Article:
Victorin's Warbler Cryptillas victorini , traditionally placed with many other species in Bradypterus, is another Cape of Good Hope vicinity endemic. It lives in pairs in thick undergrowth along gulleys and streams, and is loud and vocal, but is exceptionally difficult to see as in runs mouse-like through the thickets.

Grauer's Warbler Graueria vittata is another skulker in montane forests of the the Albertine Rift (the home of the Mountain Gorilla) in Uganda, Rwanda, Burundi and DR Congo, staying within the dense understory and vines.

Nearly half of this new family are crombecs. All crombecs are short-tailed and rather short-billed active birds of a variety of wooded habitats. A number, like Red-faced Crombec (right), are well adapted to dry thorn-scrub (note the spikes on the bush), but also Acacia savanna and Brachystegia woodlands. It ranges from Ethiopia to Zimbabwe.

Northern Crombec (below left) is also a thornscrub species, but it even drier and more desert-like conditions than the thick thorn-scrub inhabited by Red-faced. Northern Crombec is found a wide set of brushy habitats south of the Sahara, from west Africa to northeast Africa, including mangroves in west Africa and "farm bush" (Bairlein 2006).

Yet others might be labeled as "forest crombecs," which sometimes join mixed-species flocks in central African lowland rainforests. One of those is Lemon-bellied Crombec (below right), a tiny, short-billed and exceedingly short-tailed species from west and central Africa. It forages as high up as the canopy tops of tall trees. This adult is feeding a fledgling in the sub-canopy.


Photos: The Rockrunner Achaetops pycnopygius was in Waterberg NP, northern Namibia, on 27 July 2005. The Cape Grassbird Spenoeacus afer was at Jonker Dam near Nordhoek, South Africa, on 3 July 2005. The Gray Longbill Macrosphenus concolor was viewed from the canopy walkway in Kakum NP, Ghana, on 2 Dec 2013. The Mustached Grass-Warbler Melocichla mentalis was Kalkapa NP, Ghana, on 29 Nov 2013. The Red-faced Crombec Sylvietta whytii was in Tarangire NP, Tanzania, on 27 July 2002. The Northern Crombec Sylvietta brachyura was at Lake Baringo, Kenya, on 17 Nov 1981 (from a digitized slide). The single Lemon-bellied Crombec Sylvietta denti was feeding young in Nsutu Forest, Ghana, on 6 Dec 2013 (a digiscoped effort).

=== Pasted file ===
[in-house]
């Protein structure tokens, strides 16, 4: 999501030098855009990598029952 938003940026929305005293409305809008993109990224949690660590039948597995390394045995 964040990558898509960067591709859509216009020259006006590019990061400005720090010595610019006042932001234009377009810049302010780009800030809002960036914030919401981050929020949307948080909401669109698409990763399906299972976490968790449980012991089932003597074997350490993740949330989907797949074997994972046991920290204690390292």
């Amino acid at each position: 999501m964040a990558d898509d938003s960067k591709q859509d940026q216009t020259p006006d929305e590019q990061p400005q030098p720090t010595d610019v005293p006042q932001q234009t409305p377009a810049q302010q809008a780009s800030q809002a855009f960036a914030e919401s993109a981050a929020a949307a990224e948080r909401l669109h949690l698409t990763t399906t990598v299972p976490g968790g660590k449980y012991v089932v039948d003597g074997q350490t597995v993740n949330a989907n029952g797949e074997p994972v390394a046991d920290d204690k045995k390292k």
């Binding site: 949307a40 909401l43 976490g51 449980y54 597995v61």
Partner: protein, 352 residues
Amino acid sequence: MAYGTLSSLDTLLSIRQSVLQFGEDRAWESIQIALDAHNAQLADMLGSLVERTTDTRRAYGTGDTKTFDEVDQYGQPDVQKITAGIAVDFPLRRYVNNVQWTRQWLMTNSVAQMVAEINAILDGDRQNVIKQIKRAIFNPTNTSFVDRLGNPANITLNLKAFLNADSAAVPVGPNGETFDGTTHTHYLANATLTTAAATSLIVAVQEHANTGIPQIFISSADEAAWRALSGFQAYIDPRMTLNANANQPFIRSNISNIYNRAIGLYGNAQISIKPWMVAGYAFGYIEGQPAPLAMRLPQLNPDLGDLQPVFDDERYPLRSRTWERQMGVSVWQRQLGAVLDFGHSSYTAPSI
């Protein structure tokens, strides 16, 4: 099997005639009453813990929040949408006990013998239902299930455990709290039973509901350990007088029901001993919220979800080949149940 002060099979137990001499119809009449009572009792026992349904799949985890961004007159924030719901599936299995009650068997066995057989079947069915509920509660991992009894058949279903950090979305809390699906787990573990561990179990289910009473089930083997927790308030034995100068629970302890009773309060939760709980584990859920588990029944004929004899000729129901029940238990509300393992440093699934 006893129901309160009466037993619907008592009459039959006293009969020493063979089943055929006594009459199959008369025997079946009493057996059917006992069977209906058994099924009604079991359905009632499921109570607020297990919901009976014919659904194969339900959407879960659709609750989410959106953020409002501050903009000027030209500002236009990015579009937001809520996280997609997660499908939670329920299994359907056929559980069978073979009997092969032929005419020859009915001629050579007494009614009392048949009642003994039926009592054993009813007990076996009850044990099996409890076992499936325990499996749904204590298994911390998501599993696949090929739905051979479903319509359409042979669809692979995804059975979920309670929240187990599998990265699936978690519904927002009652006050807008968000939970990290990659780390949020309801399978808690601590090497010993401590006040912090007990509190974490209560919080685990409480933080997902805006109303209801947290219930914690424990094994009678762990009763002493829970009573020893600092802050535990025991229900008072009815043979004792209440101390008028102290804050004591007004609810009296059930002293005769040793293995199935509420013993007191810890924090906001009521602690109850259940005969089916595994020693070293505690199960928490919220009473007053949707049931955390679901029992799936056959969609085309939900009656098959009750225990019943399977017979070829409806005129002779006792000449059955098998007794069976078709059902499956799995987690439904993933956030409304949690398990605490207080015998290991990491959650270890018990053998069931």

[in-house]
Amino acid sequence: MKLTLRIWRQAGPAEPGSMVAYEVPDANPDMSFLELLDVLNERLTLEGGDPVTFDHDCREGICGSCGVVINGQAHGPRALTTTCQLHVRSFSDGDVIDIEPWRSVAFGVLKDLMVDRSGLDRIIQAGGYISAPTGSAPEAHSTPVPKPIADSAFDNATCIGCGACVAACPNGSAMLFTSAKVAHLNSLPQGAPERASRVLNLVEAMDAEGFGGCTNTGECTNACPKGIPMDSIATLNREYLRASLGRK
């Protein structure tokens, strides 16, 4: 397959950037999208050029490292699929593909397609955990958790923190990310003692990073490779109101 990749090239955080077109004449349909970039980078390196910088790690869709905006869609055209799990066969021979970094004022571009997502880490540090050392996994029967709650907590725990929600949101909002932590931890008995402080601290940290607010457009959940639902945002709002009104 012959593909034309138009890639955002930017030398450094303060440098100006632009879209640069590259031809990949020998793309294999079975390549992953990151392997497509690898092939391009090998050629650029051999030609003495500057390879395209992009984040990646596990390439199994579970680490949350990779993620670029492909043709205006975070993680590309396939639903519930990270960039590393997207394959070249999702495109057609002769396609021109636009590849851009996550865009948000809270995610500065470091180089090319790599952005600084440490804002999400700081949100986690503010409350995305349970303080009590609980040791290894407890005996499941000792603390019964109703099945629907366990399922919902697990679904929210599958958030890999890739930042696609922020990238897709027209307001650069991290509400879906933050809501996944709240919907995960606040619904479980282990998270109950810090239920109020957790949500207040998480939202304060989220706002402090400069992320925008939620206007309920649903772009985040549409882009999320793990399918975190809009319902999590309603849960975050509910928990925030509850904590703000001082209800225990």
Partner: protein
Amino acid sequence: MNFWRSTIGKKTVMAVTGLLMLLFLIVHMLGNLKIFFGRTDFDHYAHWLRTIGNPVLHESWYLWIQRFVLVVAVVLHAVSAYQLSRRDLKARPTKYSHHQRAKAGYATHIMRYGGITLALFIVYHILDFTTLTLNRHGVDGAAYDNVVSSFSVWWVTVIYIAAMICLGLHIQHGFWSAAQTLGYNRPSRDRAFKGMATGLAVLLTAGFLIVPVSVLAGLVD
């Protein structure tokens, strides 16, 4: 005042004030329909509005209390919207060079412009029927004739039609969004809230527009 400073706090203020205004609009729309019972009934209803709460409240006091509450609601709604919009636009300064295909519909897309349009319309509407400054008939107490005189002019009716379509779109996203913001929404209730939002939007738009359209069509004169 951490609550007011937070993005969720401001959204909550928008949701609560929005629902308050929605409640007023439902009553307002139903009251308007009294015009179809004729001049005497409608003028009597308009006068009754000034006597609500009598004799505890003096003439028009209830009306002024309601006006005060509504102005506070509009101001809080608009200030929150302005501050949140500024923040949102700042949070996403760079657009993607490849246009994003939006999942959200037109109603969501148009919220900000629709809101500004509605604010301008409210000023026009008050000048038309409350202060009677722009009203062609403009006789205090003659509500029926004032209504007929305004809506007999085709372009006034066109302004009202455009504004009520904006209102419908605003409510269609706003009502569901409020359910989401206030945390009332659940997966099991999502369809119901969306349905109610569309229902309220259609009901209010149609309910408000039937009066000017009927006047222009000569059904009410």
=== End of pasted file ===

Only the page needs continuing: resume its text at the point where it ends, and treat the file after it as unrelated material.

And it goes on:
All photos © Don Roberson; all rights reserved.

Bibliographic note: There is no "family book" covering the African warblers; indeed, as pointed out above, there was not a scientific consensus that this actually was a family until fairly recently. Volume 11 in the Handbook of the Birds of the World series treating them as Old World Warblers '"Sylviidae" (Bairlein 2006), but for convenience only.

Literature cited:

Alström P., P.G.P. Ericson, U. Olsson, and P. Sundberg. 2006. Phylogeny and classification of the avian superfamily Sylvioidea. Molec. Phylog. Evol. 38: 381–397.

Bairlein, F. 2006. Family Sylviidae (Old World Warblers), pp. 492–709 in Handbook of the Birds of the World (del Hoyo, J., A. Elliott & D.A. Christie, eds). Vol. 11. Lynx Edicions, Barcelona, Spain.

Barker, F.K., G.F. Barrowclough, and J.G. Groth. 2002. A phylogenetic hypothesis for passerine birds: taxonomic and biogeographic implications of an analysis of nuclear DNA sequence data. Proc. Roy. Soc. Lond. B. 269: 295–305

Barker, F.K., A. Cibois, P. Schikler, J. Feinstein, and J. Cracraft. 2004. Phylogeny and diversification of the largest avian radiation. Proc. Nat. Acad. Sci. 101: 11040–11045.

Beresford, P., F.K. Barker, P.G. Ryan, and T.M. Crowe. 2005. African endemics span the tree of songbirds (Passeri): molecular systematics of several evolutionary 'enigmas'. Proc. R. Soc. B 272: 849–858.

Cibois, A., E. Pasquet, and T.S. Schulenberg. 1999. Molecular systematics of the Malagasy babblers (Timaliidae) and Warblers (Sylviidae), based on cytochrome b and 16S rRNA sequences. Molec. Phylog. Evol. 3: 581–595.

Cibois, A., B. Slikas, T.S. Schulenberg, and E. Pasquet. 2001. An endemic radiation of Malagasy songbirds is revealed by mitochondrial DNA sequence data. Evolution 55: 1198–1206.

Dickinson, E.C., ed. 2003. The Howard & Moore Complete Checklist of the Birds of the World. 3d ed. Princeton Univ. Press, Princeton, N.J.

Olson, S.L. 1998. Notes of the systematics of the Rockrunner Achaetops (Passeriformes Timaliidae) and its presumed relatives. Bull. Brit. Ornith. Club 118: 47–52.

Schulenberg, T.S. 2003. "The Radiations of Passerine Birds of Madagascar," pp. 1130–1134 in S.M. Goodman & J.P. Benstead (eds.) The Natural History of Madagascar.

Sibley, C.G., and J.E. Ahlquist. 1990. Phylogeny and Classification of Birds: a Study of Molecular Evolution. Yale Univ. Press, New Haven, CT.




  page created 27 Sep 2005, revised 1-2 Apr 2021  
all text & photos © Don Roberson, except as otherwise indicated; all rights reserved